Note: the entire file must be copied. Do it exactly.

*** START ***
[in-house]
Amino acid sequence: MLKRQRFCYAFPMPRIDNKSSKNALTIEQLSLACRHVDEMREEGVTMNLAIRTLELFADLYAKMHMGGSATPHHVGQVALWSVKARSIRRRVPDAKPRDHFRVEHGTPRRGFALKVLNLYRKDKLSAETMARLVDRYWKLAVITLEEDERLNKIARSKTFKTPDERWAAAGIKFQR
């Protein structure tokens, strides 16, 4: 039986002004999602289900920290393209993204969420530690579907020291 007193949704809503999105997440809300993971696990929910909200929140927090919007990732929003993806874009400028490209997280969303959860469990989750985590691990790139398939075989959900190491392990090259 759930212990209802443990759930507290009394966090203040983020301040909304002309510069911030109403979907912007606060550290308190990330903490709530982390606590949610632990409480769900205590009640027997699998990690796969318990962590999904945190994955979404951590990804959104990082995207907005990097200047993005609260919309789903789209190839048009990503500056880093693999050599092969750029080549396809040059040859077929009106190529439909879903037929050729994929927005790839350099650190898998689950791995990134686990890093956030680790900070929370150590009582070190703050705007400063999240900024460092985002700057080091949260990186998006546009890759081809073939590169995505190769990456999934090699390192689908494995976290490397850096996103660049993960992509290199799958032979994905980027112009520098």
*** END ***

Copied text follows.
[in-house]
Amino acid sequence: MLKRQRFCYAFPMPRIDNKSSKNALTIEQLSLACRHVDEMREEGVTMNLAIRTLELFADLYAKMHMGGSATPHHVGQVALWSVKARSIRRRVPDAKPRDHFRVEHGTPRRGFALKVLNLYRKDKLSAETMARLVDRYWKLAVITLEEDERLNKIARSKTFKTPDERWAAAGIKFQR
């Protein structure tokens, strides 16, 4: 039986002004999602289900920290393209993204969420530690579907020291 007193949704809503999105997440809300993971696990929910909200929140927090919007990732929003993806874009400028490209997280969303959860469990989750985590691990790139398939075989959900190491392990090259 759930212990209802443990759930507290009394966090203040983020301040909304002309510069911030109403979907912007606060550290308190990330903490709530982390606590949610632990409480769900205590009640027997699998990690796969318990962590999904945190994955979404951590990804959104990082995207907005990097200047993005609260919309789903789209190839048009990503500056880093693999050599092969750029080549396809040059040859077929009106190529439909879903037929050729994929927005790839350099650190898998689950791995990134686990890093956030680790900070929370150590009582070190703050705007400063999240900024460092985002700057080091949260990186998006546009890759081809073939590169995505190769990456999934090699390192689908494995976290490397850096996103660049993960992509290199799958032979994905980027112009520098």